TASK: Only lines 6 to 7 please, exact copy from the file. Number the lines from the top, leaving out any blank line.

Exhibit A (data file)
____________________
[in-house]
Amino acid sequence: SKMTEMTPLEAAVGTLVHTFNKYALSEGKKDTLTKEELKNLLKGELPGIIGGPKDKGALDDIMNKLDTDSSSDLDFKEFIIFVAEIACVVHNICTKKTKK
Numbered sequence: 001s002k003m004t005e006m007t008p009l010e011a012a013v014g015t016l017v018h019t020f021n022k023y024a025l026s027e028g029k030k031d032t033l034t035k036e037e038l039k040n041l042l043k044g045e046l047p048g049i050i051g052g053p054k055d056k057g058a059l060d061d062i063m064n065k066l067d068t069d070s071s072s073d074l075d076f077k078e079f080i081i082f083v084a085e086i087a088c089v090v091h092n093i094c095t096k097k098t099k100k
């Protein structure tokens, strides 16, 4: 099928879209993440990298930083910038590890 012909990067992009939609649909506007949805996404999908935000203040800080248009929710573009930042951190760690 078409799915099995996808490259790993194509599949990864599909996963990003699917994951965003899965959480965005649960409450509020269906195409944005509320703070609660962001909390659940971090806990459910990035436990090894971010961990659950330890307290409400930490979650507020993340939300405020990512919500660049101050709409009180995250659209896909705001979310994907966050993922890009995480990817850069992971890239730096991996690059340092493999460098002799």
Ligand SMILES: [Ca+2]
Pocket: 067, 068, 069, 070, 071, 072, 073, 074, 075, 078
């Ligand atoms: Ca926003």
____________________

Pocket: 067, 068, 069, 070, 071, 072, 073, 074, 075, 078
């Ligand atoms: Ca926003």